Even if that is the thought process, there are still too many CG characters. The film introduces a villain from elsewhere in Tolkein lore, Azog the Defiler. A huge, albino orc, Azog has a history with Thorin Oakenshield, leader of the dwarf company. For some reason Azog is also a CG character. And he looks it. It’s good CG work, but he’s always, obviously CG. It sticks out like a sore thumb in a series where orcs have been, traditionally, guys in costume and make-up. That drenched-in-CG feeling permeates the overlong Goblin sequence; every Goblin is CG, as is every environment. I liked the tactile elements of The Lord of the Rings, and too often the amount of CG in The Hobbit veers towards the saturation levels of the Star Wars Prequels.

Even at three hours Jackson and his screenwriters are never able to tame the unruly mass of dwarfs in the party. There are 12 dwarfs, of whom about four are memorable. Richard Armitrage is great as the hunky, hot-headed Thorin, leader of the group seeking to seize the mountain back from Smaug. Ken Stott brings subtle reserves of sadness as Balin, an older dwarf who advises Thorin. And James Nesbitt is wonderful as Bofur, a dwarf with a biting sense of humor. The rest of the company sort of fades into the background; I could tell you their names, but not which one was which (and even these three I had to look up). That’s a problem in the source material, where having an unwieldy number of dwarfs is part of the whimsy of the story; on screen it never quite gets beyond feeling ‘crowded.’

Martin Freeman is wonderful as Bilbo, especially in the first half of the film when he’s essentially the comic relief (which is almost redundant in a group of belching, antics-driven dwarfs). The second half of the film tests Freeman more, and it’s when he gets interesting. The movie shoehorns in an arc for him - a defense against being criticized for not being a movie (and frankly it’s not a movie, it’s an episode) - and I think Freeman really sells Bilbo’s slow transformation from reluctant companion to brave hero. The movie turns Bilbo into something of an action hero, but that’s the nature of the modern world.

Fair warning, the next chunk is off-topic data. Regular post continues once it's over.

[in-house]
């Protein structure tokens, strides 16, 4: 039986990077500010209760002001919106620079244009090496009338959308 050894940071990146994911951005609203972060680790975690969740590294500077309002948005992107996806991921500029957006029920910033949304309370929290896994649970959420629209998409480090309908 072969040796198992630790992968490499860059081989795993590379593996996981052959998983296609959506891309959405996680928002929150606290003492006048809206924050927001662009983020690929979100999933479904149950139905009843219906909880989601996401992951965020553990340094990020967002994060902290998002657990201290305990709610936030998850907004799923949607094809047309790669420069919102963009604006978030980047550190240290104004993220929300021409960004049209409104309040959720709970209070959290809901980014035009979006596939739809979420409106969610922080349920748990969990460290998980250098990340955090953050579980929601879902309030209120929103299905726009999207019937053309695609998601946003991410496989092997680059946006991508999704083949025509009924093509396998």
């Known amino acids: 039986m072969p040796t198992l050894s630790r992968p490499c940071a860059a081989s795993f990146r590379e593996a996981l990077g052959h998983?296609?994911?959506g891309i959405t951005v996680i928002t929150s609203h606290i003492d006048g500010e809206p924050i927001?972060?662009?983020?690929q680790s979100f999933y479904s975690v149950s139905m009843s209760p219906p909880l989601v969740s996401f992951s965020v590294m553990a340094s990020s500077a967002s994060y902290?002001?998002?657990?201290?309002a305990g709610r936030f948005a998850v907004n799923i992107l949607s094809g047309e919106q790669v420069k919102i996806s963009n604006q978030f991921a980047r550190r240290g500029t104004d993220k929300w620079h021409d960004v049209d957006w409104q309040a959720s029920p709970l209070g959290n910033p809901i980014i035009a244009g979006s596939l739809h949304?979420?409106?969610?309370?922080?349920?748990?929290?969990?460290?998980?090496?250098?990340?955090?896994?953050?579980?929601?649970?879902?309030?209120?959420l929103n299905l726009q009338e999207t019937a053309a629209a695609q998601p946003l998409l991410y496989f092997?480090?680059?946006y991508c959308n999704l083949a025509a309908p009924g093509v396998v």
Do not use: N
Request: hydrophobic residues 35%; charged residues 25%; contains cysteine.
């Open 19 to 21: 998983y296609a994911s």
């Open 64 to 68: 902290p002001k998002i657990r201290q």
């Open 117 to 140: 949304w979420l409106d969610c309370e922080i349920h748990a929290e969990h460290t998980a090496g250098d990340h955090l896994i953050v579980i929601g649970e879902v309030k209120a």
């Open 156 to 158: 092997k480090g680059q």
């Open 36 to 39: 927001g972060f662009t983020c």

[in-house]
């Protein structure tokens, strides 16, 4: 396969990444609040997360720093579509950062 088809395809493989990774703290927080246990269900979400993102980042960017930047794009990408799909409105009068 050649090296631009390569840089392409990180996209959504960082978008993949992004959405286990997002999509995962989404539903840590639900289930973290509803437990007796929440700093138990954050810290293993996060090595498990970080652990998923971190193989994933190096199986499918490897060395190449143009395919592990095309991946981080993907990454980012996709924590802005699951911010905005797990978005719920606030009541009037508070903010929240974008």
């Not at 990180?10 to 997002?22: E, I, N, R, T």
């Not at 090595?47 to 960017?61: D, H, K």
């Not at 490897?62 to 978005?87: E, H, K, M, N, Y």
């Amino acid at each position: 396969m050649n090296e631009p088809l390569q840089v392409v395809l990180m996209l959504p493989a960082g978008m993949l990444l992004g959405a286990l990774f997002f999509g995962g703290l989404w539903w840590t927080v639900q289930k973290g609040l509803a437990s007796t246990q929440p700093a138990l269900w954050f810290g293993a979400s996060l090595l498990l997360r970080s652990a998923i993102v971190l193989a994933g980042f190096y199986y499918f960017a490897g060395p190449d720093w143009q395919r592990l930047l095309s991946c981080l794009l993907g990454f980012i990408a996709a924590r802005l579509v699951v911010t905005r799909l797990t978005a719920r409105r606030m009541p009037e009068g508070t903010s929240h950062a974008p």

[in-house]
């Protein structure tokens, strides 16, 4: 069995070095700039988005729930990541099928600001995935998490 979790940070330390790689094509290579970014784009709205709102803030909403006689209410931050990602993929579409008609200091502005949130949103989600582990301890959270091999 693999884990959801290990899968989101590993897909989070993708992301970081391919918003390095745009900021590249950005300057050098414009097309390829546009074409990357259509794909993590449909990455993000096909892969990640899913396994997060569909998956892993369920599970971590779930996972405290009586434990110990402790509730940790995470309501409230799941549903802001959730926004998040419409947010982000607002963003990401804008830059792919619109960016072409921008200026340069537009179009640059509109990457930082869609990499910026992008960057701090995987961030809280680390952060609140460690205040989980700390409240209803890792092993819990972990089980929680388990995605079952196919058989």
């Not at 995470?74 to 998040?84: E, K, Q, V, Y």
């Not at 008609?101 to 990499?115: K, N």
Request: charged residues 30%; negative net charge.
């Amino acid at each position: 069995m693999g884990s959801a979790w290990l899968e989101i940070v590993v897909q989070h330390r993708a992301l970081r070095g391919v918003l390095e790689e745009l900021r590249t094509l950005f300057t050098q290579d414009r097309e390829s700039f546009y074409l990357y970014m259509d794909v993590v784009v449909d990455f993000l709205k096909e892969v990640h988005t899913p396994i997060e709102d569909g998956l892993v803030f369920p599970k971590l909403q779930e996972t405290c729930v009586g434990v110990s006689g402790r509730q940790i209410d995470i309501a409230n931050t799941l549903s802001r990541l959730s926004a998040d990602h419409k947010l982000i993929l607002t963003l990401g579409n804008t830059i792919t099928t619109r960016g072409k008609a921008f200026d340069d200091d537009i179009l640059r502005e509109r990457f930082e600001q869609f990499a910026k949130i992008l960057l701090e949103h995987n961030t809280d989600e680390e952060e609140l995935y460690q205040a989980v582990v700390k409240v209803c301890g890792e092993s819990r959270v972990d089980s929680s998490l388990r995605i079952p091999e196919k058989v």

The returning cast - Sir Ian McKellen, Hugo Weaving, Cate Blanchett, Christopher Lee - are wonderful in their moments. McKellen especially has a lot to do here, more than in Fellowship, and he seems to relish playing the emotional, funny and sly Gandalf the Grey. There’s a playfulness to his Gandalf that reflects the best moments of the movie.

The problem is that the best moments of the movie aren’t as good as you’d hope for them to be - especially when weighed against the shocking bloat throughout. This isn’t King Kong, but it has the same pacing and padding issues. Even in its greatest moments, The Hobbit: An Unexpected Journey is the 4th best film in the series. It ends on a very high note, one that promises we’re over the initial hump, that the heavy expositionary lifting has been done, and that from here on out it’s going to be fun. But then you remember there’s six more hours, and realize you’re not even quite sure how Jackson made what happened in this movie last three hours.

The Hobbit: An Unexpected Journey is fine. That’s much better than I feared, but maybe not quite as good as it needed to be to truly allay concerns about the next two films.